Justice Department Defends 'Faith-Based' Funding of Religious Organizations
The U.S. Department of Justice has defended a series of Bush-era "faith-based" grants to sectarian organizations, but referred complaints from Americans United about the funding to the federal agency's monitoring and investigative units.
AU wrote to U.S. Attorney General Eric Holder June 24, asking him to terminate or investigate nine federal "earmark" grants awarded to faith-based groups that include large amounts of religious activities in their programs or discriminate in hiring on religious grounds.
The grants were awarded during the 2008 fiscal year under the administration of President George W. Bush. In its letter, AU asserted that the Justice Department approved the constitutionally dubious funding without conducting anything more than a cursory review of its legality.
In a letter of response to Americans United, Acting Assistant Attorney General Mary Lou Leary said that was not the case.
Leary said the Office of Justice Programs (OJP) scrutinized each grant applicant to make sure the funds will be used in a way that comports with constitutional requirements.
Wrote Leary, "Although organizations and their members are constitutionally guaranteed the right to the free exercise of their religious beliefs, grant-awarded funds from the Department may be used only for specific purposes, consistent with the statutory authorization for their appropriation, and those purposes are secular."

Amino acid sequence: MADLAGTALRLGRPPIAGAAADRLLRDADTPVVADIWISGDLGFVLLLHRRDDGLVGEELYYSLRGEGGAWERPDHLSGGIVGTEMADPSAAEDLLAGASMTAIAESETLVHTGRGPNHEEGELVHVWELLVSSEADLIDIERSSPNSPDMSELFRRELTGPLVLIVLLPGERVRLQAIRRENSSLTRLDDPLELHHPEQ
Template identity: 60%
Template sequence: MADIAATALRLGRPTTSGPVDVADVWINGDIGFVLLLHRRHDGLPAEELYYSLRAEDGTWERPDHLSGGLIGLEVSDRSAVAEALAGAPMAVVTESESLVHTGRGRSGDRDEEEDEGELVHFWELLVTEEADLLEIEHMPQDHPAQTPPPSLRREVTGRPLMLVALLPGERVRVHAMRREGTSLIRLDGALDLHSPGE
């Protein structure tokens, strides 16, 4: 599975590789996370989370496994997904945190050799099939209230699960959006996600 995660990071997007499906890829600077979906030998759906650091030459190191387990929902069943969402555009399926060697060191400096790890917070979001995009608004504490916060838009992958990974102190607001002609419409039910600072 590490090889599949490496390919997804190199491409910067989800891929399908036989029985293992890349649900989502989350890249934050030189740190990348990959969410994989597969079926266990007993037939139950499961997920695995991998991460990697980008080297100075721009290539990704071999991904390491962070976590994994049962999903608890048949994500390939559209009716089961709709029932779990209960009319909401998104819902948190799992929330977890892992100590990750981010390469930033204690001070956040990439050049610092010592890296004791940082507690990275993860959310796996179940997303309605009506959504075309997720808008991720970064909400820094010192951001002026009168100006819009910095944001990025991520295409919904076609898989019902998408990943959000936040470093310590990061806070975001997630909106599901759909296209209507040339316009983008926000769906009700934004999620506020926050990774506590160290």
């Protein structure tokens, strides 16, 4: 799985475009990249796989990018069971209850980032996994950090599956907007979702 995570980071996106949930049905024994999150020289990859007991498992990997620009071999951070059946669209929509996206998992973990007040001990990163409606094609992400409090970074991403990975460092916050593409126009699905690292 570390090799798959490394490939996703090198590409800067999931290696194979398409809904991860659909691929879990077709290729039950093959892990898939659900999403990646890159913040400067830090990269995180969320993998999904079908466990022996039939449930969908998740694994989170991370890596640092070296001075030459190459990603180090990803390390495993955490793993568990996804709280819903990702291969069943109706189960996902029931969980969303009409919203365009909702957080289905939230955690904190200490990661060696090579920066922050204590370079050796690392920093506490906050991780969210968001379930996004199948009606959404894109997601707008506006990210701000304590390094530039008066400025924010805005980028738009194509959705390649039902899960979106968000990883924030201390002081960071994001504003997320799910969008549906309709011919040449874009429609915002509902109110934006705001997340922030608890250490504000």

Americans United requested that grants to Albany Teen Challenge, Central Indiana Teen Challenge, Minnesota Teen Challenge, New Hope Academy Teen Challenge of Pennsylvania and the Detroit Rescue Mission Ministries be terminated entirely. It requested that grants to four other religious organizations be investigated to make certain the money is not spent to advance religion.
AU said many of the groups that received the public funds have track records of proselytizing and engaging in religious discrimination when hiring staff.
In its letter to Holder, Americans United included specific examples of problematic language from the organizations' Web sites and other materials. …